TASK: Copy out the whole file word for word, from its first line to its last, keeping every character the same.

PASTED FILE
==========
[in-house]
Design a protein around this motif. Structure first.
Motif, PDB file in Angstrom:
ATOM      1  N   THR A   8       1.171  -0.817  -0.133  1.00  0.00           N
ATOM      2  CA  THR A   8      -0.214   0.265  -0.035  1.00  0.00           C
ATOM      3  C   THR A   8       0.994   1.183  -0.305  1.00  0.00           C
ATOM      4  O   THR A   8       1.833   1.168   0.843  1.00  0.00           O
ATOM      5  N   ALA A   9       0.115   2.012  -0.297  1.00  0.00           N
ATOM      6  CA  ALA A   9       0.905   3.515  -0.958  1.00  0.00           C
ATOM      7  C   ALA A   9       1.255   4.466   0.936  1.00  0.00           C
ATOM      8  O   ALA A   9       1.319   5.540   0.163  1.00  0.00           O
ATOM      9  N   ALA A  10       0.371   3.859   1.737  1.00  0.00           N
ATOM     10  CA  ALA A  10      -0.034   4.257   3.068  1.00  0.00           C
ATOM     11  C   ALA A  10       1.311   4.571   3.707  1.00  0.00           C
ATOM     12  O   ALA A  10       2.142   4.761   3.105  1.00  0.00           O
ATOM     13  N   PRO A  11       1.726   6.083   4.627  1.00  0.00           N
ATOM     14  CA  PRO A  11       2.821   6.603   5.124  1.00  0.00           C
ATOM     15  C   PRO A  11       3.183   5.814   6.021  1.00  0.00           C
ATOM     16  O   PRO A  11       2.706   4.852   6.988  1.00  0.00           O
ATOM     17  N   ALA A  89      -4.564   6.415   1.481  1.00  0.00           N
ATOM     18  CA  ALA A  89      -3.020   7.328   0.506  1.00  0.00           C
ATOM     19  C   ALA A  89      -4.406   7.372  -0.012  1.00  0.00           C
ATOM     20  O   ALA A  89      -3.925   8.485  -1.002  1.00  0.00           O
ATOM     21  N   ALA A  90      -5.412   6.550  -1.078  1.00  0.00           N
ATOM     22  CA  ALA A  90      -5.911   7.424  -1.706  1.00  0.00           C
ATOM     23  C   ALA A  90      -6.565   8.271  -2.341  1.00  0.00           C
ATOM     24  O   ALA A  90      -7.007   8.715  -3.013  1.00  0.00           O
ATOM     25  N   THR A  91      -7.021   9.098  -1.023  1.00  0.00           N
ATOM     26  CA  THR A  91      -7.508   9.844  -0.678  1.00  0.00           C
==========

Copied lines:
[in-house]
Design a protein around this motif. Structure first.
Motif, PDB file in Angstrom:
ATOM      1  N   THR A   8       1.171  -0.817  -0.133  1.00  0.00           N
ATOM      2  CA  THR A   8      -0.214   0.265  -0.035  1.00  0.00           C
ATOM      3  C   THR A   8       0.994   1.183  -0.305  1.00  0.00           C
ATOM      4  O   THR A   8       1.833   1.168   0.843  1.00  0.00           O
ATOM      5  N   ALA A   9       0.115   2.012  -0.297  1.00  0.00           N
ATOM      6  CA  ALA A   9       0.905   3.515  -0.958  1.00  0.00           C
ATOM      7  C   ALA A   9       1.255   4.466   0.936  1.00  0.00           C
ATOM      8  O   ALA A   9       1.319   5.540   0.163  1.00  0.00           O
ATOM      9  N   ALA A  10       0.371   3.859   1.737  1.00  0.00           N
ATOM     10  CA  ALA A  10      -0.034   4.257   3.068  1.00  0.00           C
ATOM     11  C   ALA A  10       1.311   4.571   3.707  1.00  0.00           C
ATOM     12  O   ALA A  10       2.142   4.761   3.105  1.00  0.00           O
ATOM     13  N   PRO A  11       1.726   6.083   4.627  1.00  0.00           N
ATOM     14  CA  PRO A  11       2.821   6.603   5.124  1.00  0.00           C
ATOM     15  C   PRO A  11       3.183   5.814   6.021  1.00  0.00           C
ATOM     16  O   PRO A  11       2.706   4.852   6.988  1.00  0.00           O
ATOM     17  N   ALA A  89      -4.564   6.415   1.481  1.00  0.00           N
ATOM     18  CA  ALA A  89      -3.020   7.328   0.506  1.00  0.00           C
ATOM     19  C   ALA A  89      -4.406   7.372  -0.012  1.00  0.00           C
ATOM     20  O   ALA A  89      -3.925   8.485  -1.002  1.00  0.00           O
ATOM     21  N   ALA A  90      -5.412   6.550  -1.078  1.00  0.00           N
ATOM     22  CA  ALA A  90      -5.911   7.424  -1.706  1.00  0.00           C
ATOM     23  C   ALA A  90      -6.565   8.271  -2.341  1.00  0.00           C
ATOM     24  O   ALA A  90      -7.007   8.715  -3.013  1.00  0.00           O
ATOM     25  N   THR A  91      -7.021   9.098  -1.023  1.00  0.00           N
ATOM     26  CA  THR A  91      -7.508   9.844  -0.678  1.00  0.00           C